FIRST WE'D BETTER make a descriptive tour of the XB2. As already mentioned, the keyboard has 61 notes (C to C) with nine drawbars: 16', 5⅓', 8', 4', 2⅔', 2', 1⅗', 1⅓' and 1'. These drawbars, together with the effects, are placed to the left of the keys. Under the keyboard are 11 buttons and a display screen from where all the programming takes place. The instrument is housed in a tasteful wooden case which seeks to emulate the solid monsters of yesteryear. (It's also not unlike Korg's CX3.) It has no internal speakers so you'll need an amplification rig of some sort - or, of course, a genuine Leslie.

For those not au fait with drawbars, a little explanation is in order. Each drawbar corresponds to a particular harmonic pitch, and the further you pull the drawbar out, the louder that particular harmonic sounds. There are eight degrees of volume for each of the nine pitches, so by mixing them in various combinations, a wide variety of sounds is possible.

Incidentally, many of us take the drawbar sound for granted and dub all modern organ sounds as "drawbar", but try comparing the wide range of sounds produced by different companies: the Italian flutes epitomised by Elka have a subtly mellower character compared to those of Hammond or even fellow American, Lowrey.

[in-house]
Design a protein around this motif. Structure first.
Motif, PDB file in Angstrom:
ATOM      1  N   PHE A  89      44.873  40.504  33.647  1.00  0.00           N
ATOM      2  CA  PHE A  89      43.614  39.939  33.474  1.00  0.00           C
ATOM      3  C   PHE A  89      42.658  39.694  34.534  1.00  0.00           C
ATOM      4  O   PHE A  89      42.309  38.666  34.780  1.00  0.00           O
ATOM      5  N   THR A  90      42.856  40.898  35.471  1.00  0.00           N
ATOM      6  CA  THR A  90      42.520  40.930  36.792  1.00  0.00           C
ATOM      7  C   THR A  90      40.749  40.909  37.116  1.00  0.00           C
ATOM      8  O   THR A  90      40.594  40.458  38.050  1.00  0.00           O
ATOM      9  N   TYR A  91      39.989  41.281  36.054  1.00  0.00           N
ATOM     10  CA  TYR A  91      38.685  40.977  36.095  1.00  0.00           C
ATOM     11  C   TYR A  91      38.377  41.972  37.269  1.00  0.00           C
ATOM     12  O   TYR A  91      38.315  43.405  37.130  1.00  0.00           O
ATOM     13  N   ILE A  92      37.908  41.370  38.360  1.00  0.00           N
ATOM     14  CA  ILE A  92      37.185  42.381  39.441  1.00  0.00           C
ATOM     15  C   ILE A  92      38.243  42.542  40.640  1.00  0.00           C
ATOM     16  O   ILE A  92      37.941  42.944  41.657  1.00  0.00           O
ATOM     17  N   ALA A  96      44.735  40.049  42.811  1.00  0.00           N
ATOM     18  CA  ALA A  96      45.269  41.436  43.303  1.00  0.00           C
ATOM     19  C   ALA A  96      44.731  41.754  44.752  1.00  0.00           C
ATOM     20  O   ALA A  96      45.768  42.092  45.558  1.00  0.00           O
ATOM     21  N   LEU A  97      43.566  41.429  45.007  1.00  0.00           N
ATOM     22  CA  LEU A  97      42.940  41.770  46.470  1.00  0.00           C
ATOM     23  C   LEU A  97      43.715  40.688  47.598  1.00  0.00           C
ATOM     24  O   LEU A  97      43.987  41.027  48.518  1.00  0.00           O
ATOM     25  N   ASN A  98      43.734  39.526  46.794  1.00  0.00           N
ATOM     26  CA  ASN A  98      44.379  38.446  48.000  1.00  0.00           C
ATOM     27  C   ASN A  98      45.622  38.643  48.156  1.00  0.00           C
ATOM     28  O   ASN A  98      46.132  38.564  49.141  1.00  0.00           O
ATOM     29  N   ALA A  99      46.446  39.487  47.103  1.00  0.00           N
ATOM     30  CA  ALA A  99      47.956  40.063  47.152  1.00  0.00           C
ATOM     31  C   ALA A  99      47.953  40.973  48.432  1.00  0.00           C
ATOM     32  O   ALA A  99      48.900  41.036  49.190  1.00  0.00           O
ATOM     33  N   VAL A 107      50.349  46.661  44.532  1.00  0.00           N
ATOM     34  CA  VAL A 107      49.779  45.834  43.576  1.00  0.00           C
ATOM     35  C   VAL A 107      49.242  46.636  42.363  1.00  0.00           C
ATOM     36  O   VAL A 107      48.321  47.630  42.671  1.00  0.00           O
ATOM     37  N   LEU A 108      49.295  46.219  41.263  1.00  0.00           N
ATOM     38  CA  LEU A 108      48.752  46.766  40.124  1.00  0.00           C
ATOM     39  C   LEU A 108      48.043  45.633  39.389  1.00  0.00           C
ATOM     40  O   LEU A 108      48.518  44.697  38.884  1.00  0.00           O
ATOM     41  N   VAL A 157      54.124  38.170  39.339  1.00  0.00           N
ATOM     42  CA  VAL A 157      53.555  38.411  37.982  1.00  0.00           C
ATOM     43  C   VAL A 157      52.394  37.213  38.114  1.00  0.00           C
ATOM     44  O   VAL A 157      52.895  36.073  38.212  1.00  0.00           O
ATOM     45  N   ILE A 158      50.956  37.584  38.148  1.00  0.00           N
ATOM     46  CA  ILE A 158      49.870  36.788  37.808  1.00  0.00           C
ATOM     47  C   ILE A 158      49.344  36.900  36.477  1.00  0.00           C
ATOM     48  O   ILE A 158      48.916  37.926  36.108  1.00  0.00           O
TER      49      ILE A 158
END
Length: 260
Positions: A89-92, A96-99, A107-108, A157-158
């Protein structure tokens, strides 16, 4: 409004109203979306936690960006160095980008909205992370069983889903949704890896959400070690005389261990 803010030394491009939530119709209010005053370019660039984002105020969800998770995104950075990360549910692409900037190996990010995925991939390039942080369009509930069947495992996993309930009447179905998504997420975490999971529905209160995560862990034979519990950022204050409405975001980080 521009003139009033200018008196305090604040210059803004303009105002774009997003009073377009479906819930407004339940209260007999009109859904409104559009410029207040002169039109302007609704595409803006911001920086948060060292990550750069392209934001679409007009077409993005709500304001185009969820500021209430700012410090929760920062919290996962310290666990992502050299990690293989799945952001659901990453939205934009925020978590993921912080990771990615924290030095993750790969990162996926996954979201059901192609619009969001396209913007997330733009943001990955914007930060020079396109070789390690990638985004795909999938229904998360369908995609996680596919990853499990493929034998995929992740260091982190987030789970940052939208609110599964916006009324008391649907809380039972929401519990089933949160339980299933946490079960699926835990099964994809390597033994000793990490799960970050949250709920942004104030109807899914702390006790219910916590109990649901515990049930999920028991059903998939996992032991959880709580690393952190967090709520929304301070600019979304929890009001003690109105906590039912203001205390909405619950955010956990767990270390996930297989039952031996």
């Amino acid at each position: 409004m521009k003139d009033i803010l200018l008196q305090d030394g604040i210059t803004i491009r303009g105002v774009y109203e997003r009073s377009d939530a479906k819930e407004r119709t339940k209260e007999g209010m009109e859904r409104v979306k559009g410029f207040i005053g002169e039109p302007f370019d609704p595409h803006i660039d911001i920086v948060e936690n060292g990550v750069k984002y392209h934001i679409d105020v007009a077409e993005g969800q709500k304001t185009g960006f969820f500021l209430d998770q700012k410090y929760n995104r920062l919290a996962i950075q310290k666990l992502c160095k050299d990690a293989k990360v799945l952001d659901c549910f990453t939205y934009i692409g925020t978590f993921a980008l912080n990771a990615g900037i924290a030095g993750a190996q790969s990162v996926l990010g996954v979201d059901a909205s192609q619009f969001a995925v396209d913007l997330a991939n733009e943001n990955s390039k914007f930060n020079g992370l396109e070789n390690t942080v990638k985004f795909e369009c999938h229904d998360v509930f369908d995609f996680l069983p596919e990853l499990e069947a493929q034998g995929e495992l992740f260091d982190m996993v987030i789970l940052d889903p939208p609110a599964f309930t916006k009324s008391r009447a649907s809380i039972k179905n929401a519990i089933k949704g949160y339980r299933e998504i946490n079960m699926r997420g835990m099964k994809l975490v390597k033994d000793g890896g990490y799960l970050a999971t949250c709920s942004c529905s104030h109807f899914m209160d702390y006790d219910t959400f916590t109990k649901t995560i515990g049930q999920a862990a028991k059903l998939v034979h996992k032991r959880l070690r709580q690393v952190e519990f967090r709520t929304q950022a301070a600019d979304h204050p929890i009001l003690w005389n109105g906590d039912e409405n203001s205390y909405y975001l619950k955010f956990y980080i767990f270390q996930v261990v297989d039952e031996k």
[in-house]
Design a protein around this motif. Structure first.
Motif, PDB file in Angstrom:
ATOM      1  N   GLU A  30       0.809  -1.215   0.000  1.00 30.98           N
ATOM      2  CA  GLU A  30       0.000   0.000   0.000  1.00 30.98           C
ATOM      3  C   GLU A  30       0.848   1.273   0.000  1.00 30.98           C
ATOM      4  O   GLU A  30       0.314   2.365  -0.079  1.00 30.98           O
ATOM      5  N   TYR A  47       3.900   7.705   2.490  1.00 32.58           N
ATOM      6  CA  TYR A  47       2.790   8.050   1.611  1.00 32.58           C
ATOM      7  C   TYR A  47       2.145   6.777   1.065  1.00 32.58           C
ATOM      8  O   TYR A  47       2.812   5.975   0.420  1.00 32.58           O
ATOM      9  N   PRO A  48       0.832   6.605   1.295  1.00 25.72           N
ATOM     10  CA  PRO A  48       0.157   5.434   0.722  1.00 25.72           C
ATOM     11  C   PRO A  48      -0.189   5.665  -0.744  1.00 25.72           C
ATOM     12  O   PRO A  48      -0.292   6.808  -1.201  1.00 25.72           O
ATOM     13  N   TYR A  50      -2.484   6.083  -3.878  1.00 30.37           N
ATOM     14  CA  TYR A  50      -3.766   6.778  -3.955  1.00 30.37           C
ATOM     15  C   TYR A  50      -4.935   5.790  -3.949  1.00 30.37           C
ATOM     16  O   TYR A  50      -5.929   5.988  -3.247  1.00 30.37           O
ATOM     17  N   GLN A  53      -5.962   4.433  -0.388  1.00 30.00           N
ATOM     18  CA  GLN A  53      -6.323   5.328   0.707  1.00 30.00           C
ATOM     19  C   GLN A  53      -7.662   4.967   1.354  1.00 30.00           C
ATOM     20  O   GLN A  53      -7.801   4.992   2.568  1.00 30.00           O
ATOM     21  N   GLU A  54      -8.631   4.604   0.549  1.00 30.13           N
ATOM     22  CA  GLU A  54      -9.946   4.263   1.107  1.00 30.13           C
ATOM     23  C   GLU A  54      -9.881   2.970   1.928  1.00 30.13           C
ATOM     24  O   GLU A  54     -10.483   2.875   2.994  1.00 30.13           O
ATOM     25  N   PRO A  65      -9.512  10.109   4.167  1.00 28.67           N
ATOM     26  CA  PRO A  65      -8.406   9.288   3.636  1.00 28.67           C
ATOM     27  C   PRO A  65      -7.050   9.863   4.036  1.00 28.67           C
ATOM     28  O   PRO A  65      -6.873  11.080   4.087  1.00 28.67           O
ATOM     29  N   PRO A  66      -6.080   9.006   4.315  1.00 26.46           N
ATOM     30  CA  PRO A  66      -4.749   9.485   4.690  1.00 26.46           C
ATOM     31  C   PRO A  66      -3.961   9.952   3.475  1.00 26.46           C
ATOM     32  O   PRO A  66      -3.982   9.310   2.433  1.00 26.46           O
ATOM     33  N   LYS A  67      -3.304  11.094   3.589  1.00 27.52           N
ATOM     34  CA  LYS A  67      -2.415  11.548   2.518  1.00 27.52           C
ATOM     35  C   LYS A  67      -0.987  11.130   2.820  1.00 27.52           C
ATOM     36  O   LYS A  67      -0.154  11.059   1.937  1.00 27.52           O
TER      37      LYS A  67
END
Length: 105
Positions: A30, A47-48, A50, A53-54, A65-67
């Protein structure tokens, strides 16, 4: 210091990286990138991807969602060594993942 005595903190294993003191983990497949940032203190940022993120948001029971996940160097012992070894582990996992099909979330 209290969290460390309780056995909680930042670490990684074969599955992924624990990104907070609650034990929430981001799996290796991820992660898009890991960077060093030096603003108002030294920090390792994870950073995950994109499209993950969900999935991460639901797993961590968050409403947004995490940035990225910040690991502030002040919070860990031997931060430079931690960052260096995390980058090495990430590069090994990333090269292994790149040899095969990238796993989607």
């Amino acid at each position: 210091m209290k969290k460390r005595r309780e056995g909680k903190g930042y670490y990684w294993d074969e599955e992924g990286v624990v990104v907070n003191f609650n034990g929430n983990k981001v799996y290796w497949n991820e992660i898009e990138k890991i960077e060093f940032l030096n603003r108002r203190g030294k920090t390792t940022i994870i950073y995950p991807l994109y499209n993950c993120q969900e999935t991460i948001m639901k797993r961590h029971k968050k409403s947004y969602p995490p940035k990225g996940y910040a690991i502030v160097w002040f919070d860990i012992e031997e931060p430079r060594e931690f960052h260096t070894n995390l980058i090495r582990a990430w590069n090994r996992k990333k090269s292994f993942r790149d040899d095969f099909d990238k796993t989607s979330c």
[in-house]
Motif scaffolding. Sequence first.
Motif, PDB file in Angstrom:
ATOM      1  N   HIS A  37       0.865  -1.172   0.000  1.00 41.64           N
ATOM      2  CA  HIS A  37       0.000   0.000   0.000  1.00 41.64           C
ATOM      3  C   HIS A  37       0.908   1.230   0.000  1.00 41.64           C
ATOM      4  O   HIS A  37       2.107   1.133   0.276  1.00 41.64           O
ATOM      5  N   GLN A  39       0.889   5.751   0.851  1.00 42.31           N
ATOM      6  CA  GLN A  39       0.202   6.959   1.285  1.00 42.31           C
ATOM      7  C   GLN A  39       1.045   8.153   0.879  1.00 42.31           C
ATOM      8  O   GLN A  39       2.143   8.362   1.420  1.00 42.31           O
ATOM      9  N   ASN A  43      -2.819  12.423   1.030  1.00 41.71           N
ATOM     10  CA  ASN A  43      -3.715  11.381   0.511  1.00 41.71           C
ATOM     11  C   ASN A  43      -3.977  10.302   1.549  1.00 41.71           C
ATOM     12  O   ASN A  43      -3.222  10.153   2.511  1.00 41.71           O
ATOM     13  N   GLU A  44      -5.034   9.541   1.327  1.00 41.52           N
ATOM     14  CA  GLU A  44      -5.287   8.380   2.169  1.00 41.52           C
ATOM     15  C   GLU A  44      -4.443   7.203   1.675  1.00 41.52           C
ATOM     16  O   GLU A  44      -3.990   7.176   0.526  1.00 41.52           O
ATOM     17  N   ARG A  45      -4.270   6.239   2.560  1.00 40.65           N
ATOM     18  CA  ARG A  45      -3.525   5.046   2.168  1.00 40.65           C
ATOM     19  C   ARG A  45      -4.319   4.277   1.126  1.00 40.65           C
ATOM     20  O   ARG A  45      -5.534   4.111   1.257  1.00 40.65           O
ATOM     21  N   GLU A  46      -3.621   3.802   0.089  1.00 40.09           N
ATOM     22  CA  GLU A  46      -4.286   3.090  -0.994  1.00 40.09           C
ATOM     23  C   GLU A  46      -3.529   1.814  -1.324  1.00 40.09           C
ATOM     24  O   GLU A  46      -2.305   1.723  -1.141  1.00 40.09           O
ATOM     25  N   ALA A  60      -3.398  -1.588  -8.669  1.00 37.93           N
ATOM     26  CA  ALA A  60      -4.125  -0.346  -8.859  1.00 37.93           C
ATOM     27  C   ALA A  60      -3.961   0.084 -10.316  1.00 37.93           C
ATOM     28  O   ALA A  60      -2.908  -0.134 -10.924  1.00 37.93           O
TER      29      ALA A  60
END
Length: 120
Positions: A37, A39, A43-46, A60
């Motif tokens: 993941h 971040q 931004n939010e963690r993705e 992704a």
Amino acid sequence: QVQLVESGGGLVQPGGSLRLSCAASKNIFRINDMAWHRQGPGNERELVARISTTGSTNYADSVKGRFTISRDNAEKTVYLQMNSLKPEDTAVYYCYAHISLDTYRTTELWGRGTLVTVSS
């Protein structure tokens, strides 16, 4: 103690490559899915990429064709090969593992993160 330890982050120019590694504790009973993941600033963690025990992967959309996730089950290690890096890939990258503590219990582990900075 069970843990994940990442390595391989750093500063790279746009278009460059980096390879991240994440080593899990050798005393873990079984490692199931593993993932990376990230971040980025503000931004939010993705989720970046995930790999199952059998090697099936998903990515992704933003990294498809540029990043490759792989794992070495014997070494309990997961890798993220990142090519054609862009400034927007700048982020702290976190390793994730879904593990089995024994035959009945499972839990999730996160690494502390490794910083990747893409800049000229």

Back to the XB2. This has been based on the old B3 warhorse, hence the sounds obtainable are those rounded tonewheel voices so typical of jazz in its many forms. However, you can also "re-voice" the instrument for a more mellow sound (based on a sine wave, and ideal for big band and swing numbers) or a Brite (sic) tone which is more suitable for emulating pipe organs. On some of the earlier digital models employing drawbars, there was a noticeable delay between moving the drawbar and hearing the new sound. The change now appears to be instantaneous, allowing you to hold chords or individual notes and manipulate the drawbar sounds at the same time.

But Hammond haven't been content to leave it here. For instance, you can add Second and/or Third Percussion Via two buttons under the drawbars. Their percussive effect is only heard when playing staccato; you have to release all the keys before it will retrigger. You may also want to split the keyboard and have different sounds for left and right hands. This can be done with the split being placed either one, two or three octaves up from the bottom.